It's primary season again, and while much of the attention is focused on top-of-the ticket races, especially U.S. senator and governor, there's still a fight to control Nevada's state legislature.
For Democrats, there's the pressure to keep hold of the legislature after winning strong majorities in 2016. For Republicans, there's an attempt to retake the statehouse in time to reap the reward of also having a Republican governor.
Mathematically speaking, it will be hard for Republicans to win the 11 seats needed to control the state Senate. Because senate elections are staggered, just like the U.S. Senate, seven Senate Democrats don't have to run for reelection this cycle, while just three Republican incumbents are safe for the same reason.
When it comes to open seats, things aren't too different. Democrats and Republicans have four districts each where strong partisan advantages point to likely victories in November, meaning Dems are already at the 11 seats needed for control.
Even if Democrats lose all three available swing districts, all in the suburbs of Las Vegas, they'll come away keeping control of the chamber.
For many, it was the assumed reason the state GOP attempted last year to recall three state senators, two of whom were democrats who won races by razor-thin margins in 2016. Without those two or three extra seats, which could have easily flipped Republican given the right special election conditions, there is no easy path for Republican control of the upper chamber through normal electoral means in 2018.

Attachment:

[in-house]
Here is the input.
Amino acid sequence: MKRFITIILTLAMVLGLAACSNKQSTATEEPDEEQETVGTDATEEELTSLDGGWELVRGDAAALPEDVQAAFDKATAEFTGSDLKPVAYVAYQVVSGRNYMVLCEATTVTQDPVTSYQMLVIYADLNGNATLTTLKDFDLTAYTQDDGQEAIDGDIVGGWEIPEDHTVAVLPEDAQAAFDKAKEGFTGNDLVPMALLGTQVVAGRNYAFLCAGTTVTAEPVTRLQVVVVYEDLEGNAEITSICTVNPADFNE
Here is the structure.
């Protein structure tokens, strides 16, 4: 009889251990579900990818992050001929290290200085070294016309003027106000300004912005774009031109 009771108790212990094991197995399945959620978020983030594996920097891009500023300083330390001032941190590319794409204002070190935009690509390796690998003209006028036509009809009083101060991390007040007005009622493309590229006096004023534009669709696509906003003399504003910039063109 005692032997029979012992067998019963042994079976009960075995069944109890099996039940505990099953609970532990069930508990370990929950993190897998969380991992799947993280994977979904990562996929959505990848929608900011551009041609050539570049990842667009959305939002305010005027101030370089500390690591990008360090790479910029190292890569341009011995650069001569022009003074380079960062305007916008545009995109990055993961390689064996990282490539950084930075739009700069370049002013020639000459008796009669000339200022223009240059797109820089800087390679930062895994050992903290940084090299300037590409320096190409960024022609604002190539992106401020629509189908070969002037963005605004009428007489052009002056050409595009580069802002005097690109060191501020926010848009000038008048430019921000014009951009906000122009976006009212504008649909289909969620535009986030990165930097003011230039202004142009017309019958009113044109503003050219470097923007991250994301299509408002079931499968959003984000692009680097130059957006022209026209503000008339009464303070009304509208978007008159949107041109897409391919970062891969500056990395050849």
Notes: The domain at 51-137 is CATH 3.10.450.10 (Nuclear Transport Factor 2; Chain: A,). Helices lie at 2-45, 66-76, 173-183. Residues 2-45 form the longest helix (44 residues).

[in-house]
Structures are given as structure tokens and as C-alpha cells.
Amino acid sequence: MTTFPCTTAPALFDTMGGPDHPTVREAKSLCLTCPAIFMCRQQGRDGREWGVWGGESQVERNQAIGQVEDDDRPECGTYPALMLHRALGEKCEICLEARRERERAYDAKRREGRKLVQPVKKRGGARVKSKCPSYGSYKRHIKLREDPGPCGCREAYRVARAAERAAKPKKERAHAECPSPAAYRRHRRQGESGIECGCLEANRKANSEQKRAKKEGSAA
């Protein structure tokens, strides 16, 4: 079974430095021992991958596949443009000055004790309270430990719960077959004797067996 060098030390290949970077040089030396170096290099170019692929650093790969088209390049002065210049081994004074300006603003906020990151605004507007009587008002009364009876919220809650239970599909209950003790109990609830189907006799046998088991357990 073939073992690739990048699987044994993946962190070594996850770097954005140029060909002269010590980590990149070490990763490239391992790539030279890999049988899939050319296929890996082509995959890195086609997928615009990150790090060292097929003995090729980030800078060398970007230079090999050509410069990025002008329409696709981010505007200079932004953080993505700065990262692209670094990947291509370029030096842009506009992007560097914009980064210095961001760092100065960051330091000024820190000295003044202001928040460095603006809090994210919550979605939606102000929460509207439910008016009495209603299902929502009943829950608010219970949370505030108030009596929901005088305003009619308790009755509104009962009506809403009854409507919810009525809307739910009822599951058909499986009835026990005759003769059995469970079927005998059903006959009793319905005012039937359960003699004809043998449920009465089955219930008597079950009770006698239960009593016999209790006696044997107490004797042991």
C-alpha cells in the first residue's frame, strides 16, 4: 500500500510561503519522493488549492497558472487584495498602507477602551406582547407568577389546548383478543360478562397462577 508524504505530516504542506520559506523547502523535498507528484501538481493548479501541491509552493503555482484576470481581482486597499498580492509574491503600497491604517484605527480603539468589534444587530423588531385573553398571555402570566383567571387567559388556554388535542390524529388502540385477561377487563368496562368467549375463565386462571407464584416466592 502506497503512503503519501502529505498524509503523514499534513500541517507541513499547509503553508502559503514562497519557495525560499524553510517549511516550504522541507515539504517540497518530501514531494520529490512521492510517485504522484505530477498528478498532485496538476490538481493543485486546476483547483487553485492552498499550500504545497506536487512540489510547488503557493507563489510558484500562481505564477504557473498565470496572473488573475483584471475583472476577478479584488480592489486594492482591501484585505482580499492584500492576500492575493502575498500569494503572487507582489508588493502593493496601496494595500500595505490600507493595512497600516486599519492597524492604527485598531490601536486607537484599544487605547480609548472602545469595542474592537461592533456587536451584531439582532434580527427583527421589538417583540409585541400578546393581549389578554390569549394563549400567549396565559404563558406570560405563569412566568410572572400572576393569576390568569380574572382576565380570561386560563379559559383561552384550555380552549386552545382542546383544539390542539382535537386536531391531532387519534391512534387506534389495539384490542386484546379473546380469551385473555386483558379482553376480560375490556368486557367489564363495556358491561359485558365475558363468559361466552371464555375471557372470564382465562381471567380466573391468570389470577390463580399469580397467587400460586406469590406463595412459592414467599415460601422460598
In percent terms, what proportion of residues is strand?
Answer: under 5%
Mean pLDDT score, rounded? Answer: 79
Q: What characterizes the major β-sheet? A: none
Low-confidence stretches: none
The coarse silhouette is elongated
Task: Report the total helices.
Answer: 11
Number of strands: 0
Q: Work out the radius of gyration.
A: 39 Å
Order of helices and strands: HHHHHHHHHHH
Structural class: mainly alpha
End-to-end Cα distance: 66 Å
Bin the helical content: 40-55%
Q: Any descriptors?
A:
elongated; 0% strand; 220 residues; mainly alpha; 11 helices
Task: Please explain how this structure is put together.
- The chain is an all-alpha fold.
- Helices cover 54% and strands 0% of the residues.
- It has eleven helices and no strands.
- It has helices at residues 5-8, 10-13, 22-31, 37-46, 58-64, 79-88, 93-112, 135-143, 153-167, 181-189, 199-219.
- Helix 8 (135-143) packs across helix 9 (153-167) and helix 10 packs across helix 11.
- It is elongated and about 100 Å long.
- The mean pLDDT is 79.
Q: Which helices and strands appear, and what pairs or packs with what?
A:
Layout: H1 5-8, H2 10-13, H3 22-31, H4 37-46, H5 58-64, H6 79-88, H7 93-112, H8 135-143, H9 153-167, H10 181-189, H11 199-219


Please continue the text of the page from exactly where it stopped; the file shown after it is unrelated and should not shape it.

The backers behind the recall effort filed a last-ditch appeal at the end of May, an appeal that will likely head to the state Supreme Court. The challenge centers on the validity of signature withdrawal forms, which were held constitutional by a district court judge in March. Those withdrawal forms disqualified hundreds of gathered signatures, effectively killing the two most potent recall petitions.
Should the backers win their court battle, it may trigger recall elections later this year that could put the Senate back into play.
While four of six Northern Nevada Senate seats are up for grabs this year, just one is looking at an actual primary challenge.
In Senate District 13, incumbent Democrat Julia Ratti will look to recapture the district she took in a 2016 special election. She'll face off against Charlene Young, representing the conservative Independent American Party, though demographics will play in Ratti's favor. District 13 encompases most of Reno/Sparks's urban core, an area that is overwhelmingly Democratic.
In Senate District 14, a wide-ranging district that encompasses both much of the Western Nevada rurals and a touch of the Reno/Sparks area, the front-runner appears to be assemblyman Ira Hansen, a Republican. Hansen represents an assembly district extremely similar in demographics to SD 14, and will only have to run against Thomas Kennedy, an Independent, and Wendy Boszak, a Democrat, to get a promotion to the upper chamber.
Senate District 16 covers much of South Reno and the Carson City area, which is by-and-large dominated by Republicans. It's represented by Ben Kieckhefer, a Republican who's running to keep hold of the seat in 2018. He'll have a primary challenger in Republican Gary R. Schmidt, but without the same kind of organization as Kieckhefer, Schmidt seems a longshot to win out in June.
Finally, in Senate District 17, Republican Sen. James Settelmeyer will run to keep his largely rural seat. Settelmeyer has no Republican challenger, and he will instead look to beat Democrat Curtis Cannon in November.